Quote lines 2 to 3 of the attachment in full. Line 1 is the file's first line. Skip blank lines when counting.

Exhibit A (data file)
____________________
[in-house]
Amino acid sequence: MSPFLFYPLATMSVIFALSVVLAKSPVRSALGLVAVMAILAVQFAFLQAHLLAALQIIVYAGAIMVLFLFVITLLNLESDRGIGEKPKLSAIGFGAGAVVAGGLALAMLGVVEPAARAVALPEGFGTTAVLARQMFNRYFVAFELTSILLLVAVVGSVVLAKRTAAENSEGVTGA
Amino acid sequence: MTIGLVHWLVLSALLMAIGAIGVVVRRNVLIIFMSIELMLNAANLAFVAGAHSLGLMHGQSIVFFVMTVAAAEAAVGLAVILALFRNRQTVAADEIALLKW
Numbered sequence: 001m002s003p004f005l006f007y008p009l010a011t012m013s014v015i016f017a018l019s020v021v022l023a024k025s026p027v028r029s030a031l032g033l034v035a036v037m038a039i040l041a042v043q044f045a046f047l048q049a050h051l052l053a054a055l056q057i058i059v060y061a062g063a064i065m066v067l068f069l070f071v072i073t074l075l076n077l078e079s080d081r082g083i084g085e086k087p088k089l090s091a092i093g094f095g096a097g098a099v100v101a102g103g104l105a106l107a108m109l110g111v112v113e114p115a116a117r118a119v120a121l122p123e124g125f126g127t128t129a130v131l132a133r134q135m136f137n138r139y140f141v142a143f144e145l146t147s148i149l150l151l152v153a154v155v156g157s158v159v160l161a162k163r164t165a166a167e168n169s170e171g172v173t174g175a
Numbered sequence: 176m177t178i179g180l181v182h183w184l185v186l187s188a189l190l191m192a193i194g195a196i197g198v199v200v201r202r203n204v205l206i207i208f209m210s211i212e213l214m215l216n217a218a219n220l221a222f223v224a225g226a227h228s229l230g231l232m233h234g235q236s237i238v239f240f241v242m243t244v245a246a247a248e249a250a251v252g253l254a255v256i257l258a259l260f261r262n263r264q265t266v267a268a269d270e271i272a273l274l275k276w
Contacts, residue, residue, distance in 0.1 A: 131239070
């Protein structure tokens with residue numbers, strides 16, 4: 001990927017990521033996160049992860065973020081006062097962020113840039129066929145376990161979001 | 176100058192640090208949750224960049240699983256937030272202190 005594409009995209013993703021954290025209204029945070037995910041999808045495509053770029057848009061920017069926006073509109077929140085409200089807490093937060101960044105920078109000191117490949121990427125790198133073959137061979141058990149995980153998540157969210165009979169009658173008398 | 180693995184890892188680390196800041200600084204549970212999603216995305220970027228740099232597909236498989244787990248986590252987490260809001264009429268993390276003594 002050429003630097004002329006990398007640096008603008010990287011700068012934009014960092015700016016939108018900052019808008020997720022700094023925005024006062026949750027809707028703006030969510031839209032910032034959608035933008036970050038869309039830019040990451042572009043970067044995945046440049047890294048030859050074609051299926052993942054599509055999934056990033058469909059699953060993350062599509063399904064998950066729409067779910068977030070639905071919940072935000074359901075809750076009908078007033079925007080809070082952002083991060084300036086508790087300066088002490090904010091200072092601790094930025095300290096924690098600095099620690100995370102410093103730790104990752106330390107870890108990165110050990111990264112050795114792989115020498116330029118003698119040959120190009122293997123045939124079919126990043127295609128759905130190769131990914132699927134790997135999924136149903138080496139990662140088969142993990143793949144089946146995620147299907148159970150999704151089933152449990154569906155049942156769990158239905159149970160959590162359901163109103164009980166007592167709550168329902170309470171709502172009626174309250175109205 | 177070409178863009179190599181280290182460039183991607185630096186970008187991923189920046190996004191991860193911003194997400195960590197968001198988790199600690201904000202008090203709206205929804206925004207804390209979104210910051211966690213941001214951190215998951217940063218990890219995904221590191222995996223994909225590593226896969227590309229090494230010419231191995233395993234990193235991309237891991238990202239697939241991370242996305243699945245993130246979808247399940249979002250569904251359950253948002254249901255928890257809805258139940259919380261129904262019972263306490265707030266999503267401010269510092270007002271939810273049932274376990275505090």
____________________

Amino acid sequence: MSPFLFYPLATMSVIFALSVVLAKSPVRSALGLVAVMAILAVQFAFLQAHLLAALQIIVYAGAIMVLFLFVITLLNLESDRGIGEKPKLSAIGFGAGAVVAGGLALAMLGVVEPAARAVALPEGFGTTAVLARQMFNRYFVAFELTSILLLVAVVGSVVLAKRTAAENSEGVTGA
Amino acid sequence: MTIGLVHWLVLSALLMAIGAIGVVVRRNVLIIFMSIELMLNAANLAFVAGAHSLGLMHGQSIVFFVMTVAAAEAAVGLAVILALFRNRQTVAADEIALLKW